Furloughed U.S. Department of Defense employees from Marine Corps Recruit Depot Parris Island and Marine Corps Air Station Beaufort rallied Thursday outside Beaufort City Hall in an attempt to rouse support.
"I spent eight years in the Marine Corps, and they tell you, 'Fight for what you believe in,'" said Parris Island electrician Jonathan Fritz. "This is something I believe in."
Fritz is one of more than 1,500 Beaufort-area employees furloughed indefinitely Tuesday as part of the federal government shutdown. About 20 protested Tuesday, and more than a dozen protested Thursday.
"If debates need to happen, they don't need to happen at the risk of 800,000 people," he said.
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Parris Island furloughed 291, and the air station 1,200, according to the bases' spokesmen.
The employees are still recovering from six days of furloughs from July to September, said American Federation of Government Employees union president Sue Partridge, and many work paycheck-to-paycheck for as little as $8 an hour.
"I'm pretty close to losing everything I've got," Partridge said.
She stood in line for two hours Wednesday to file for unemployment, a first for the 55-year-old Beaufort resident.
Union members urged passersby to call their representatives and senators.
"They're not feeling the effect," Partridge said of members of Congress. "We're feeling the effect."
First Congressional District Rep Mark Sanford, a Republican who represents part of Beaufort County, said no quick solution seems likely. Further, more intermittent shutdowns and budget bickering seem likely if Congress does not return to genuine budget debates and end its recent practice of funding with continuing resolutions, Sanford said Thursday in an interview with The Beaufort Gazette and The Island Packet.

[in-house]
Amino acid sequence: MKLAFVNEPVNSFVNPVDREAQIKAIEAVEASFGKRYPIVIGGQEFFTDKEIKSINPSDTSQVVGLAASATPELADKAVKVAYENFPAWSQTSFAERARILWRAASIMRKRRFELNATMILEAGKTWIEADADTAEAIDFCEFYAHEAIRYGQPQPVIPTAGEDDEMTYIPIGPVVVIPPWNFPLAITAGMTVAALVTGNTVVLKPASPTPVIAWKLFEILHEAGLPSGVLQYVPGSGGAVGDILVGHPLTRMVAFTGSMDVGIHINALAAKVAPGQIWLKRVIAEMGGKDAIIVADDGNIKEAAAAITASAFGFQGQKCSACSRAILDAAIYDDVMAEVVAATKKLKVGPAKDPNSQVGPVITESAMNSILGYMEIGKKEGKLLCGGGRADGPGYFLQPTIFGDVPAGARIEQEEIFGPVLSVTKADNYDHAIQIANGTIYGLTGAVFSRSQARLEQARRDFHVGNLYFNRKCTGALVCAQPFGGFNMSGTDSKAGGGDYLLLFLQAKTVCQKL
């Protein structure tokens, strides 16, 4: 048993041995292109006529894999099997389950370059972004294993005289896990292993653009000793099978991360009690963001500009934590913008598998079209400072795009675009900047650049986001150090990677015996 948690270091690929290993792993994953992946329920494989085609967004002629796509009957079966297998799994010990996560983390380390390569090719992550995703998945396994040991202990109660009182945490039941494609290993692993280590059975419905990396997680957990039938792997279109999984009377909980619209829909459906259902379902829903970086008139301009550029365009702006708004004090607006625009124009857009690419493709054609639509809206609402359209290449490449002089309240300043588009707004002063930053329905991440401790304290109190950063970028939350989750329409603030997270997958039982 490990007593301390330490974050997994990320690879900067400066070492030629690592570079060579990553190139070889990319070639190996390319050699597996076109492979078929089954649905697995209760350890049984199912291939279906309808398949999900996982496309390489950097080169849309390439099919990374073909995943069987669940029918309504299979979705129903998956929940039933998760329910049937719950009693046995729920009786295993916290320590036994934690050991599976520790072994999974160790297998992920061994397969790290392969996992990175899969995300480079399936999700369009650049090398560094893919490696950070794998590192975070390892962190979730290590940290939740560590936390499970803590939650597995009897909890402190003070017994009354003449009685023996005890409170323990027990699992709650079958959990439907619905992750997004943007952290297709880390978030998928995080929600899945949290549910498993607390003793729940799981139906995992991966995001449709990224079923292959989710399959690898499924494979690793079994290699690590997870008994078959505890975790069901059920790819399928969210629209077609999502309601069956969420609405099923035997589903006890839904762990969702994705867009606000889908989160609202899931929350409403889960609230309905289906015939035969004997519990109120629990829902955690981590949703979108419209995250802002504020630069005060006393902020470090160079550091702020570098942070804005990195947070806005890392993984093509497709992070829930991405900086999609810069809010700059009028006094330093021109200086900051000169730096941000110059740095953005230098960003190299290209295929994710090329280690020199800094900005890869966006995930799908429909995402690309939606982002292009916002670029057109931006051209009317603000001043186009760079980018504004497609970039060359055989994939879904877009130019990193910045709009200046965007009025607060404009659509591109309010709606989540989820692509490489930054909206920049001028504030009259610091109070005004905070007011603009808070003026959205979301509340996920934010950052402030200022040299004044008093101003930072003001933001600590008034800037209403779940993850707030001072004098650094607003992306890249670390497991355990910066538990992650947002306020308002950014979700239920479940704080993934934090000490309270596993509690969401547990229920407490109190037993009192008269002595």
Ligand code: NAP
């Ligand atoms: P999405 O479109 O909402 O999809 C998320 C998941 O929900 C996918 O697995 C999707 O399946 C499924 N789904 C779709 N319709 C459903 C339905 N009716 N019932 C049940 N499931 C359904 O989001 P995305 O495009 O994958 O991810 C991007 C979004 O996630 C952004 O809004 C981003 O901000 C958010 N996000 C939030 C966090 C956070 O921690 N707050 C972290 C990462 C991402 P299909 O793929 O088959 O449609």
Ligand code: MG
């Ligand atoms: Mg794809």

"There has been an absolute breakdown to the budget process, and at the end of the day, until you get back on some semblance of order in regard to the budget, we're going to continue to flounder around and have problems," he said.
Sanford added that if this shutdown is like those that preceded it, those who lost paychecks to furloughs are likely to have their pay retroactively restored.
He said some of the closures, such as national memorials, are stunts "to supposedly gain political advantage and inflict maximum damage to people so that they will be ticked off and make more noise about reopening government."
Partridge said she's spoken with furloughed employees who are afraid to protest for fear of repercussion. Social pressures also play a role.
"People have pride," she said. "They don't want people to know they are hurting."
Follow reporter Erin Moody at twitter.com/IPBG_Erin.